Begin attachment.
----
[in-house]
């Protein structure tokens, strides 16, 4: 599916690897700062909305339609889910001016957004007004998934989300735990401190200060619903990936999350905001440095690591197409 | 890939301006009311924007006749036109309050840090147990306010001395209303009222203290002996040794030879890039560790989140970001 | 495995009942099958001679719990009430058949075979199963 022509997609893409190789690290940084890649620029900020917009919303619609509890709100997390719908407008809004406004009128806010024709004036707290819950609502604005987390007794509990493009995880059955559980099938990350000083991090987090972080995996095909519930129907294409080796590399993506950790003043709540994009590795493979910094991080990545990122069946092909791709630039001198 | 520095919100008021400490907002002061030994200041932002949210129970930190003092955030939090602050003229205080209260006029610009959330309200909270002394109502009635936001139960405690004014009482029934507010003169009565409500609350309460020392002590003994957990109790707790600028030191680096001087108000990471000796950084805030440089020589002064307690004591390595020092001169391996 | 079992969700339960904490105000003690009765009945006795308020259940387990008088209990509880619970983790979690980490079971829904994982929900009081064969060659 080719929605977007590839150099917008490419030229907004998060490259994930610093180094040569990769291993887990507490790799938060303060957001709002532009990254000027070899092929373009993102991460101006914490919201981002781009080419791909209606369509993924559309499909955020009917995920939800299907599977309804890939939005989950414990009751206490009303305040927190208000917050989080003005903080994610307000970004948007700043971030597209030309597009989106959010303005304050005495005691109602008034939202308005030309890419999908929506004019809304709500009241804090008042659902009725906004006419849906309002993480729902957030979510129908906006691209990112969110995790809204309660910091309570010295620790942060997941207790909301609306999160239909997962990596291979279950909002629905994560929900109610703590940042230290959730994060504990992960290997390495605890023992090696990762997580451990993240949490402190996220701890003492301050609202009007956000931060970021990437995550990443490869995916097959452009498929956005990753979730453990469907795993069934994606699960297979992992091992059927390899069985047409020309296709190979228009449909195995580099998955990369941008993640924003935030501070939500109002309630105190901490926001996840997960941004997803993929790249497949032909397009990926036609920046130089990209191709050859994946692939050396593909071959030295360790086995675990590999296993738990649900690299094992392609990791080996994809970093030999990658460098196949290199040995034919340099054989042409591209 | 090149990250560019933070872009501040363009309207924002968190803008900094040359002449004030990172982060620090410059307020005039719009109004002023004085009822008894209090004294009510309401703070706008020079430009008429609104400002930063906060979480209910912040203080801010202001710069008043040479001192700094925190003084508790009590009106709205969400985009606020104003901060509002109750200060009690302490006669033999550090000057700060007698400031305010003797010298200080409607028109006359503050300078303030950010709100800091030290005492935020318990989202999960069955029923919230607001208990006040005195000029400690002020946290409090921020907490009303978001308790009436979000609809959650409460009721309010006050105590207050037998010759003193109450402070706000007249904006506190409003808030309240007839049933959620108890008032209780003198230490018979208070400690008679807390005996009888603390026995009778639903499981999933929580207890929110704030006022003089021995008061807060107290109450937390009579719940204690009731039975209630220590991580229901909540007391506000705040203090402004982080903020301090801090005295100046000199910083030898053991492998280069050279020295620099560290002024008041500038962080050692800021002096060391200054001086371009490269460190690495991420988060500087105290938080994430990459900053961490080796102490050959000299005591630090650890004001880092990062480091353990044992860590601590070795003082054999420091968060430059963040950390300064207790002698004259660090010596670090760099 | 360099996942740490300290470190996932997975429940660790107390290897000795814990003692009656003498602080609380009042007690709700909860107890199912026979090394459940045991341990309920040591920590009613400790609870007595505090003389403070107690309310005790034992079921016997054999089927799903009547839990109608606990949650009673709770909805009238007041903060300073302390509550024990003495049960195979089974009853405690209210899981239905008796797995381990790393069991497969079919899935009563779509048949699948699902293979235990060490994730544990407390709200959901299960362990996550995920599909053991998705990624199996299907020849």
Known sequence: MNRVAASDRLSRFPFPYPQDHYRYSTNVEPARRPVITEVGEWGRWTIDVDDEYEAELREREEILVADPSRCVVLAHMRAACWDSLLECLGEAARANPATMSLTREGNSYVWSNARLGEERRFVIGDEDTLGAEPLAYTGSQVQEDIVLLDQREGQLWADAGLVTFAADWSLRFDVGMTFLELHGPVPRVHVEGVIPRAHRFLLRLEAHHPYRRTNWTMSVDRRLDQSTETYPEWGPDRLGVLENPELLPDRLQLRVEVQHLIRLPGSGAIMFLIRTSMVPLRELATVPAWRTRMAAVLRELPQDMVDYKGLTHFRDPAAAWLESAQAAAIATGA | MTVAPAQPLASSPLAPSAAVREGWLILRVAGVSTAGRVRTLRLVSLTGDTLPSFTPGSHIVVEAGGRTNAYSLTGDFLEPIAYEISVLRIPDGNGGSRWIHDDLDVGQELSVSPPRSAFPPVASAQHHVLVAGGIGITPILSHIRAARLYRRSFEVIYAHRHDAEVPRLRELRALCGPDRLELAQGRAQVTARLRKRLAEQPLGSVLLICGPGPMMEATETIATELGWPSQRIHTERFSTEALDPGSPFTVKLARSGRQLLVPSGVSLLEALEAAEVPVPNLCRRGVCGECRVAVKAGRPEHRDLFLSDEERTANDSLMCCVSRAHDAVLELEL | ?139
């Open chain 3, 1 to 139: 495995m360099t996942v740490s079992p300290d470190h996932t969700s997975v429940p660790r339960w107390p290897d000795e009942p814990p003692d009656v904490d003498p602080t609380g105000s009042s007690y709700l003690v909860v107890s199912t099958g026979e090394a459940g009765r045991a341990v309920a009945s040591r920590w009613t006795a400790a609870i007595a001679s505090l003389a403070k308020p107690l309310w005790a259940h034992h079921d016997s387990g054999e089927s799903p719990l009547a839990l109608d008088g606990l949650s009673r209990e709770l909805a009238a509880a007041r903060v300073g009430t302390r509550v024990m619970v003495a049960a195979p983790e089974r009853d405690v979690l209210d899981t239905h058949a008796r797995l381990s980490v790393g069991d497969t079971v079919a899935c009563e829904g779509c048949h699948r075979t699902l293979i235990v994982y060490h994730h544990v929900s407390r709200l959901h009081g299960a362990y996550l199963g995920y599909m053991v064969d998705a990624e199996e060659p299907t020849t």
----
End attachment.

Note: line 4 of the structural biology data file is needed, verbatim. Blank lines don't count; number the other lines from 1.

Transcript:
């Open chain 3, 1 to 139: 495995m360099t996942v740490s079992p300290d470190h996932t969700s997975v429940p660790r339960w107390p290897d000795e009942p814990p003692d009656v904490d003498p602080t609380g105000s009042s007690y709700l003690v909860v107890s199912t099958g026979e090394a459940g009765r045991a341990v309920a009945s040591r920590w009613t006795a400790a609870i007595a001679s505090l003389a403070k308020p107690l309310w005790a259940h034992h079921d016997s387990g054999e089927s799903p719990l009547a839990l109608d008088g606990l949650s009673r209990e709770l909805a009238a509880a007041r903060v300073g009430t302390r509550v024990m619970v003495a049960a195979p983790e089974r009853d405690v979690l209210d899981t239905h058949a008796r797995l381990s980490v790393g069991d497969t079971v079919a899935c009563e829904g779509c048949h699948r075979t699902l293979i235990v994982y060490h994730h544990v929900s407390r709200l959901h009081g299960a362990y996550l199963g995920y599909m053991v064969d998705a990624e199996e060659p299907t020849t």